Financial wellness is becoming a topic of interest too. It’s seen as an intrinsic part of “mental wellness” – and maybe the main reason employees are unable to fully focus on work. Benoit and his team recognize the need to make employees more financially savvy and are planning to introduce financial wellness modules next.
Work global, pay local
Another consequence of the rise of the gig workers is that governments are starting to take an interest. Why? Because many platforms classify these workers as “independent contractors”, so neither the platform nor the hiring company carry the burden of calculating and withholding taxes and social security. That’s all on the worker. But when you are obliged to use their app, work when they send you a job and can’t set your own fee, how independent are you?
That’s the question that governments all over the world are now addressing in new laws. And even though countries solve it differently, the general move is towards tighter definitions about who is and who isn’t a contractor or independent and who should be on the company’s payroll.
Many of these gig platforms are global – which means that you can hire people irrespective of their location. And the majority of new startups go global right from the start and skip the “brick and mortar” headquarters.
That gives way to the rise of a new category of workforce services: when you hire and pay people in a country where you don’t have an entity, how do you legally manage and pay them? While you could classify them as contractors, when they work for you fulltime on your systems, that’s slowly becoming impossible (and illegal). Setting up a legal entity for a few employees is costly and not a justified investment if you don’t plan further operations in that jurisdiction.
A number of young companies are solving this issue for employers: they provide EoR (Employer of Record) services in countries around the world and allow you to hire and pay people through their entities. They will handle local legislations, taxes and social security to ensure your in-country workers are treated and paid according to local customs. They can pay your contractors through local bank transfers. And when you grow and create your own legal entity, they can run payroll services for you.
Omnipresent pays your global workforce
Matt Wilson and his co-founders started Omnipresent to solve the difficulties SMB’s have when hiring and paying people in other countries. In a prior role, he experienced how hard it was to properly pay remote workers and concluded that there must be a better way.
For inspiration, Matt and team looked at the banking industry and learned how the neo-banks are offering a far simpler service by stripping out excess process steps. Hiring and paying people in multiple countries increases the level of complexity: some countries still rely on cash payments while others use direct deposits, and everything in between. The variety in global systems is huge and there are no common data or interface standards. Being ablte to bring in a layer of technology enables the automation of (some of) that complexity and makes paying people scalable, compliant and reliable.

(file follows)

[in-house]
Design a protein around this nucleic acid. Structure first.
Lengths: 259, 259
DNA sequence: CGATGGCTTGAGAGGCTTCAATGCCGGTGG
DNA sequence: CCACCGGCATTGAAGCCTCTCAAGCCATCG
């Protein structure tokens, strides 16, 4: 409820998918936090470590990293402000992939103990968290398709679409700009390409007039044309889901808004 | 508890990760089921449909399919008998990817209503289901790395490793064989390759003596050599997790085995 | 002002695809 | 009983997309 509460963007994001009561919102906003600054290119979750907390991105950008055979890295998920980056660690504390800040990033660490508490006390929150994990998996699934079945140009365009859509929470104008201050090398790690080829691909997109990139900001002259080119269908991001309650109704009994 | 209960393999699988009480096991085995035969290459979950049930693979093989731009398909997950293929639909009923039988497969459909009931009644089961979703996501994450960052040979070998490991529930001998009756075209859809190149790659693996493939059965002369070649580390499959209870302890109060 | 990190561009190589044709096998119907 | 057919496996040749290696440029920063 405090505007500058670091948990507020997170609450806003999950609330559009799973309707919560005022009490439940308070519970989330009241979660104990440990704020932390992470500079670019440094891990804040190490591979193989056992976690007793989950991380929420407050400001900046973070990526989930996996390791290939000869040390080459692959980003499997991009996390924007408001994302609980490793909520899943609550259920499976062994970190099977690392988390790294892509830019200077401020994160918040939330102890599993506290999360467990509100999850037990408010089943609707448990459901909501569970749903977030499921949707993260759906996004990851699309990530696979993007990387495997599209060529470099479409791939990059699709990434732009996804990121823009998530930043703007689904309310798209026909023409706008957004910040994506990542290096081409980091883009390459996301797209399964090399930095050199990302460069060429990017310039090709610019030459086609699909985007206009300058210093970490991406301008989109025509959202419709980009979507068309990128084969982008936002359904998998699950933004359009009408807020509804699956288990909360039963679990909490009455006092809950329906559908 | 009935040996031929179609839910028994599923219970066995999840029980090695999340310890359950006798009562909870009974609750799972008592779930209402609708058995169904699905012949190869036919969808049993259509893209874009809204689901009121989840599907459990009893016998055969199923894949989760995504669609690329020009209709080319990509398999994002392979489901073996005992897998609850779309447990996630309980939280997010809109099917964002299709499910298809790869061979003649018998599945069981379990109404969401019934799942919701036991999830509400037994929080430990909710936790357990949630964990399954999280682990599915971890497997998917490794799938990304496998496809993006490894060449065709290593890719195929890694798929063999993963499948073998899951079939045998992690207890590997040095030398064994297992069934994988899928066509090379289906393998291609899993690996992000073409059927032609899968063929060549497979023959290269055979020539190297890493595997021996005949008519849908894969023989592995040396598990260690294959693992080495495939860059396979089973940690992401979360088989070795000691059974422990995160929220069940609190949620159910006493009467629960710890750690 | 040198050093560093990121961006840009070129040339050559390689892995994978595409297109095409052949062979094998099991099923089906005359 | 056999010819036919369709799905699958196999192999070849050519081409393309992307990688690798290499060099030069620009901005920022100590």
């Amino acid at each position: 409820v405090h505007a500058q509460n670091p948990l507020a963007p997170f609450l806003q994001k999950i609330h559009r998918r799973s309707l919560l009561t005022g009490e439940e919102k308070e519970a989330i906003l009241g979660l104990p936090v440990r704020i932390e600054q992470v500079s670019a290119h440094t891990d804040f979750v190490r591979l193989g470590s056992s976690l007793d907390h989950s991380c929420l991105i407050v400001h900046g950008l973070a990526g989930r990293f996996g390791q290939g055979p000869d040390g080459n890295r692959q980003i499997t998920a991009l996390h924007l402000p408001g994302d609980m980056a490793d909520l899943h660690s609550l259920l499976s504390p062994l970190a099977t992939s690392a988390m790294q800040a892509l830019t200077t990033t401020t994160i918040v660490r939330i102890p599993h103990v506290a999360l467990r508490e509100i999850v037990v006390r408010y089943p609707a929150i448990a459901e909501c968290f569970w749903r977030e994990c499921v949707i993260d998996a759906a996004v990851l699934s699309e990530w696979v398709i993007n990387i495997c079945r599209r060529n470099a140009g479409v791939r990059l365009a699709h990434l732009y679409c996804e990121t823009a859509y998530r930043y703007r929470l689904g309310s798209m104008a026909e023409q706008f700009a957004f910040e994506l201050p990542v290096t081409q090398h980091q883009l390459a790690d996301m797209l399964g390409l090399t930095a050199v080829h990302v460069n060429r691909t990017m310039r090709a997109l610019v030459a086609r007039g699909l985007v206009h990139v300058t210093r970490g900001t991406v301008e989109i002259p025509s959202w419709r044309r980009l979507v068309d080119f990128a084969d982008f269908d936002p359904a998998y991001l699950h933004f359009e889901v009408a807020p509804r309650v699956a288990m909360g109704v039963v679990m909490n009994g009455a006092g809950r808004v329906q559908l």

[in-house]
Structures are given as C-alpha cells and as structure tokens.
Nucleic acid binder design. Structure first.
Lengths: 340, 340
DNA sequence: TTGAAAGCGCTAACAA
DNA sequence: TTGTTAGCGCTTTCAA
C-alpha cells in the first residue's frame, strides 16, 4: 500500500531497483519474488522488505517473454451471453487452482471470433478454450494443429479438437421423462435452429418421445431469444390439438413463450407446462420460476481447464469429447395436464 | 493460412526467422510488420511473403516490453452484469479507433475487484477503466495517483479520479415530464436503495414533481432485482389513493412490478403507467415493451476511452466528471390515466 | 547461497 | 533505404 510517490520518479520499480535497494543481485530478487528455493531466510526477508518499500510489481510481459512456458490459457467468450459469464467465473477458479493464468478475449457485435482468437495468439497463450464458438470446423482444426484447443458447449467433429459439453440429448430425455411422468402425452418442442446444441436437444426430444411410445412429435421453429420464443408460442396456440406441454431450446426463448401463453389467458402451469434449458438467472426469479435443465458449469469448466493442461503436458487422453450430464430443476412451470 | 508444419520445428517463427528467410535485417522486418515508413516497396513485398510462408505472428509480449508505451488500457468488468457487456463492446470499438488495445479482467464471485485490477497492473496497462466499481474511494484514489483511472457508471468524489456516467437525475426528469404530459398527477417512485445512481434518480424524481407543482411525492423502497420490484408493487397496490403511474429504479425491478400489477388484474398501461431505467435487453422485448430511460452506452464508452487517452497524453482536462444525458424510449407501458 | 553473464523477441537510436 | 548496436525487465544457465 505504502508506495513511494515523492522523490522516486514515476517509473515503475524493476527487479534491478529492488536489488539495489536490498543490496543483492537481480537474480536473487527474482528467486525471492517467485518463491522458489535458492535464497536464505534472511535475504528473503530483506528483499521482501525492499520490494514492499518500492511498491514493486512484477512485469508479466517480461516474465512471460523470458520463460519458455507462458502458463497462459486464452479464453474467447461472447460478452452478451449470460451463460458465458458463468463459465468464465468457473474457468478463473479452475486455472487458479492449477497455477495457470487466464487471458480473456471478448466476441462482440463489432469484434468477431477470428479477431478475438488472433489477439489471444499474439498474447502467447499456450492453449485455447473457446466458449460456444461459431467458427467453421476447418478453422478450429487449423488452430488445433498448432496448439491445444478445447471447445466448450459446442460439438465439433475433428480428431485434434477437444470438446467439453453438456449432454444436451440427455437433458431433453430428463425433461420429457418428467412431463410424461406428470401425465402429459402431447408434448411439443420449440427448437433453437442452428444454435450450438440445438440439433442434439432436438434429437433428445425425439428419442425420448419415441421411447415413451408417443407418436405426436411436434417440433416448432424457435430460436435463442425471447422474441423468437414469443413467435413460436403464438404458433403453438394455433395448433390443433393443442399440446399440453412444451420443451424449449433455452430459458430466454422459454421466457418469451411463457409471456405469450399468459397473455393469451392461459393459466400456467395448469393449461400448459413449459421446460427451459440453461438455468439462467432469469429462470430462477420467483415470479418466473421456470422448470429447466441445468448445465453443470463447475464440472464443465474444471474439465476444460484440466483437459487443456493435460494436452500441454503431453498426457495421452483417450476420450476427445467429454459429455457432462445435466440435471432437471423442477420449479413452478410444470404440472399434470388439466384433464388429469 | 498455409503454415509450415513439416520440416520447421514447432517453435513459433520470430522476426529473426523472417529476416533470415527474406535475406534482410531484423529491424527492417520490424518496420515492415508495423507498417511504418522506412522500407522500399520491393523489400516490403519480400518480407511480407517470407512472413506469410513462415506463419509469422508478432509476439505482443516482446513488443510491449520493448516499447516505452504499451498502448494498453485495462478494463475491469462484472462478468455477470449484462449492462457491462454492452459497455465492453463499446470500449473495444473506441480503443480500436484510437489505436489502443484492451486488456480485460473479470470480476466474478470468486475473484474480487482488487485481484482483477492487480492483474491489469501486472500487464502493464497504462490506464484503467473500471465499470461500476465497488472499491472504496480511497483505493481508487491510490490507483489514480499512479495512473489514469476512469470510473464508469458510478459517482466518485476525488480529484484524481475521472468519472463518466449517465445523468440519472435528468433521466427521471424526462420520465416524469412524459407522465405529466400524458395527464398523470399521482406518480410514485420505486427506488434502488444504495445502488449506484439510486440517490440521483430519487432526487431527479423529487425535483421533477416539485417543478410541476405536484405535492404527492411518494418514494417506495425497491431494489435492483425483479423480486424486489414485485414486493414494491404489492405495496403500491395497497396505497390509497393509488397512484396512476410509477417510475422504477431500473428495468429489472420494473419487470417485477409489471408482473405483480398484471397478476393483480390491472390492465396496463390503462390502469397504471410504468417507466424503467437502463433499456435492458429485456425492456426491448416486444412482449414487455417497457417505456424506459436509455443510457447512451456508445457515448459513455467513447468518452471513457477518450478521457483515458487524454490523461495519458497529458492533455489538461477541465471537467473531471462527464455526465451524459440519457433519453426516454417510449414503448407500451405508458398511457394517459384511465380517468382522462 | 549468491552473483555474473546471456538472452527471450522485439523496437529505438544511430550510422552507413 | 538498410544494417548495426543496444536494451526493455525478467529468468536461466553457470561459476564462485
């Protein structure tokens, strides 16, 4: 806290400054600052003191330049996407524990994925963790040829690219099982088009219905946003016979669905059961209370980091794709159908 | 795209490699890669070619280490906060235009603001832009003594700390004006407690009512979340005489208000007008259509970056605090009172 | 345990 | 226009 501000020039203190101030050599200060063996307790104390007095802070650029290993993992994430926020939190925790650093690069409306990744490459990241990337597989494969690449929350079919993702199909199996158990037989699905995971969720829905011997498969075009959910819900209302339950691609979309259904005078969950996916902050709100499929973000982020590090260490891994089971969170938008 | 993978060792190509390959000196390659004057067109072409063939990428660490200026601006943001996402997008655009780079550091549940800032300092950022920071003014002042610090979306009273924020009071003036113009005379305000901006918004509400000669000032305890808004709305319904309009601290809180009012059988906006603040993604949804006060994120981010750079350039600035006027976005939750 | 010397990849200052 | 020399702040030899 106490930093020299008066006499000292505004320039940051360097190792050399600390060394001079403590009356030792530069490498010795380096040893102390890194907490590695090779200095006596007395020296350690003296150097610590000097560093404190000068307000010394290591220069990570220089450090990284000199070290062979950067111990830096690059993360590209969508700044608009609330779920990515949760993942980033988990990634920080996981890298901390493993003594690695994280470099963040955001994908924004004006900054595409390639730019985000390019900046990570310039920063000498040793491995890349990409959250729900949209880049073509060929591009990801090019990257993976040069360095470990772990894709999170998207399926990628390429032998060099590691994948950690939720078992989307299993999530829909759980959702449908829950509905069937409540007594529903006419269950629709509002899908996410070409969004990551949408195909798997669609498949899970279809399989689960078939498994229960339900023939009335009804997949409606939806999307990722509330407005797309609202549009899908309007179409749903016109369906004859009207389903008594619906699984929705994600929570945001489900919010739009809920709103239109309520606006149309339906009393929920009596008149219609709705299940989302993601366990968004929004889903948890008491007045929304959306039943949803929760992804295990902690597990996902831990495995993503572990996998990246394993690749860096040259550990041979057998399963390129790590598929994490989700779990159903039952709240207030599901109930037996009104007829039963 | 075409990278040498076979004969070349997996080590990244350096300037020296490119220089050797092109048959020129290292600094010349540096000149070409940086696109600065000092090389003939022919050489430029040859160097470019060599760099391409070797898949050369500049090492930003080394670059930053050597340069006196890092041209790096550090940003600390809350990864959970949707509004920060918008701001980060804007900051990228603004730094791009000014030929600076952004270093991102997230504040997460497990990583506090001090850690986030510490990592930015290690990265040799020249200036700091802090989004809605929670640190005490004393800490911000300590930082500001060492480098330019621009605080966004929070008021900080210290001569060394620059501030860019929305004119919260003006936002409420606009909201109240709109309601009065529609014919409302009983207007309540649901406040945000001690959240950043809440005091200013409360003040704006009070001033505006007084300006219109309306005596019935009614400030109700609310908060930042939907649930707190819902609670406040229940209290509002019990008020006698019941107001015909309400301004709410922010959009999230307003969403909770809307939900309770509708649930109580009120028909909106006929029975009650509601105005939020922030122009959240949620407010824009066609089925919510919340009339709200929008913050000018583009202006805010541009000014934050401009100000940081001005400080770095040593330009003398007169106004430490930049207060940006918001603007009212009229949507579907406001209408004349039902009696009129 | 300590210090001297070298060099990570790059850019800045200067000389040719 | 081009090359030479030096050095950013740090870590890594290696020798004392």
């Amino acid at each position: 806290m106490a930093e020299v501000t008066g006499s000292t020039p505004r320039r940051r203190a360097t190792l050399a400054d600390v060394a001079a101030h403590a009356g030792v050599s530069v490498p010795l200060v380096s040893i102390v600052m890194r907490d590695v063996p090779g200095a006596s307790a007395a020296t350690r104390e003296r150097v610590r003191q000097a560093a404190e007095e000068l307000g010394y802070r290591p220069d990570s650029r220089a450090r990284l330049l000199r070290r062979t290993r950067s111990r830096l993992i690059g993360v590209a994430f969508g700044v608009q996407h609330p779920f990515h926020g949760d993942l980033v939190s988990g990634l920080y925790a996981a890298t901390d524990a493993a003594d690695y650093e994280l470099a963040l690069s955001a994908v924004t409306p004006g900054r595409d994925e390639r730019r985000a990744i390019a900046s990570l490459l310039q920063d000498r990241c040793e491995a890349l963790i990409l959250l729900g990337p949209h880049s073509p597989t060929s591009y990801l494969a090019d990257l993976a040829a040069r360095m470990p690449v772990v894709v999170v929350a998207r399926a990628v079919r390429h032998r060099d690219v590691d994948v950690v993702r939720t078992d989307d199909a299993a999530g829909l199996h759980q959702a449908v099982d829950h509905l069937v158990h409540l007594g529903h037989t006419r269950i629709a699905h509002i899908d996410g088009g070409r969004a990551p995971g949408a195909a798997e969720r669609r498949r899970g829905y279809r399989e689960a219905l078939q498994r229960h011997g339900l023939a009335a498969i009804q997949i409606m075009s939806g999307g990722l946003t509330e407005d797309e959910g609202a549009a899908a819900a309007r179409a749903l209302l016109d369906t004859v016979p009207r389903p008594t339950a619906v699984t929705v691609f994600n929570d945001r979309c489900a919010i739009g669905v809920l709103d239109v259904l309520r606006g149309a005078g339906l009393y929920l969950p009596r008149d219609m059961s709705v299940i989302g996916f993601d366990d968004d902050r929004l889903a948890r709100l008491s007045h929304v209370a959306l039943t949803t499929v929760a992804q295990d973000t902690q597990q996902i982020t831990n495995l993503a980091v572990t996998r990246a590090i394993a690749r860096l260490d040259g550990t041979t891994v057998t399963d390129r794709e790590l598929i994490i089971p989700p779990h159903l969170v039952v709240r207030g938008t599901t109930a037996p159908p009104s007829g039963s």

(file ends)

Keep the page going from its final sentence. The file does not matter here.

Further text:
Omnipresent also assumed that remote workers would become mainstream for every knowledge business and international company: yet how do you manage these workers from an HR and payroll perspective? They were right: the pandemic forced the world to work from home and accelerated remote working arrangements.
Omnipresent works on an Employee of Record (EoR) basis, offering a centralized, tech-first approach to administer global workers. They present a central interface to abstract as much of local information as possible. The technology layer improves the client’s and their team’s experience, (just think about answering questions while dealing with time zone issues etc) and also offers a scalable solution when managing the increasing demand for remote workers.
The backend, with integrated HR workflows connected to local expertise, ensures employee contracts adhere to local compliance standards and gives the employer a holistic view of their remote workforce. The company offers a unified experience to clients, from employee onboarding to running payroll.
The team at Omnipresent believe that working remotely will grow exponentially. The pandemic supports this belief and has made companies reconsider where they hire, and employees where they want to live and work. These trends accelerated the business and Omnipresent successfully closed a series A shortly before Christmas 2020.
From service to payroll engine
Omnipresent was right to look at the banking space: we’re witnessing a tornado of innovation in fintech. EWA relies on same day bank transfers, something that wasn’t available a few years ago. The financial industry is going through major disruptions, and banks feel the heat. Companies like Stripe and Adyen are the new unicorns transforming this industry.
And once these companies are done there, it’s only a matter of time before they realize how closely related payroll is, and what they could do for this space. That’s why I was excited to read that Stripe was a major backer behind Check, a company that came out of stealth in early 2021.
Check brings payroll closer to small businesses
When Check revealed themselves to the world in January, their announcement caused a bit of a stir: this is a company that has created a new payroll engine and that’s not something we often see. The founders of Check noticed that software suites for small businesses incorporate all back-office functions but stop short of including a payroll engine. After all, maintaining a payroll engine is complex due to the many changes and a continuous work in progress.